Improving Hydraulic Fracture Geometry Characterization: Integrating Advanced Acoustic Measurement and Geomechanics with Hydraulic Fracturing Field Data

Van Steene, Marie (Schlumberger) | Povstyanova, Magdalena (Schlumberger) | Semary, Mahmoud Gamal (Schlumberger) | Mathur, Anil Kumar (Schlumberger) | Ali, Aziza (Schlumberger) | Edelman, Jeffery Mark (TransGlobe Energy Corp) | Maghrabia, Karim Mohamed (PetroDara)


The Nukhul reservoirs of Egypt's Eastern Desert typically have low porosity, low permeability, and relatively heavy oil. Hence, hydraulic fracturing is key to enhancing reservoir producibility, and an understanding of fracture geometry is important to determine reservoir drainage.

To measure hydraulic fracture height at the wellbore, shear wave anisotropy data were acquired in casing with an advanced acoustic tool. Hydraulic fracturing post-job pressure matching also provided estimates of fracture geometry. Shear wave anisotropy data confirmed that the Thebes and Rudeis formations acted as fracture barriers and confirmed the fracture confinement in the Nukhul formation, which was the fracturing job objective.

Although, overall, the post-fracturing shear wave anisotropy measurement and the post-job pressure matching delivered similar results for fracture height at the borehole, the shear wave anisotropy data showed uneven levels of anisotropy acrossthe fractured reservoir interval, indicating that the fracture might not have as simple a geometrical shape as was modeled by the post-fracturing analysis.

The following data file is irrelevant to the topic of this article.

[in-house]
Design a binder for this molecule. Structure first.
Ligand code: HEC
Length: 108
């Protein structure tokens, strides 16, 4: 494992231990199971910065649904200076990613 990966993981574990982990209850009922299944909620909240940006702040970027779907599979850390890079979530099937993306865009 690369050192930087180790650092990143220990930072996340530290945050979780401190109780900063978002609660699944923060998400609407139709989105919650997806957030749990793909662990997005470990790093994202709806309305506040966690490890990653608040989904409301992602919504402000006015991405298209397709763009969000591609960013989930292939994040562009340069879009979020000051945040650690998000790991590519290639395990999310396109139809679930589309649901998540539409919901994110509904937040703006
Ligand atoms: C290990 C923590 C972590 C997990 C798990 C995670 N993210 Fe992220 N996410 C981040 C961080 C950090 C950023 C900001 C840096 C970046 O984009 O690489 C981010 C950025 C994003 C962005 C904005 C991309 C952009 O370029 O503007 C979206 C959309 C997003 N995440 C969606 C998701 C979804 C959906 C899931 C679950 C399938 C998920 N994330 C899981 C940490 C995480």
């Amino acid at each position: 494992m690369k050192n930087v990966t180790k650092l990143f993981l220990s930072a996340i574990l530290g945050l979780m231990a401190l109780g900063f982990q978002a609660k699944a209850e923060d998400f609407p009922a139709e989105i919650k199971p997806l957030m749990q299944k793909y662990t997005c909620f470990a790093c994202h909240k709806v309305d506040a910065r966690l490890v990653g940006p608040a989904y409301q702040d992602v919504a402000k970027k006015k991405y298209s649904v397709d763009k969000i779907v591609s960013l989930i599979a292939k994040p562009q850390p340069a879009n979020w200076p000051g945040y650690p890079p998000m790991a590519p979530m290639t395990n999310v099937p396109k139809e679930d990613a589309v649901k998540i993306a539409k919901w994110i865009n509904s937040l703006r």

Based on wireline data, a newly constructed and calibrated mechanical earth model obtained detailed rock elastic properties and stress profiles. These geomechanical properties defined 26 zones across the reservoir (instead of the initial 6) and were input into the fracturing modeling software.

Fracture geometry obtained through this enhanced modeling closely matched the shear wave anisotropy results—the modeled fracture width corresponded to the variations of shear wave anisotropy observed across the fracture height. The
fracture was narrower in the upper part of the reservoir and wider in the lower part, with a half-length of 300 ft in the lower part and almost 400 ft in the upper part.

In this case study, we demonstrate how full use of available data, application of the latest acoustic technology, and integration of multiple disciplines (acoustics, geomechanics, stimulation) can lead to better fracture geometry description and
achievement of greater accuracy in reservoir description.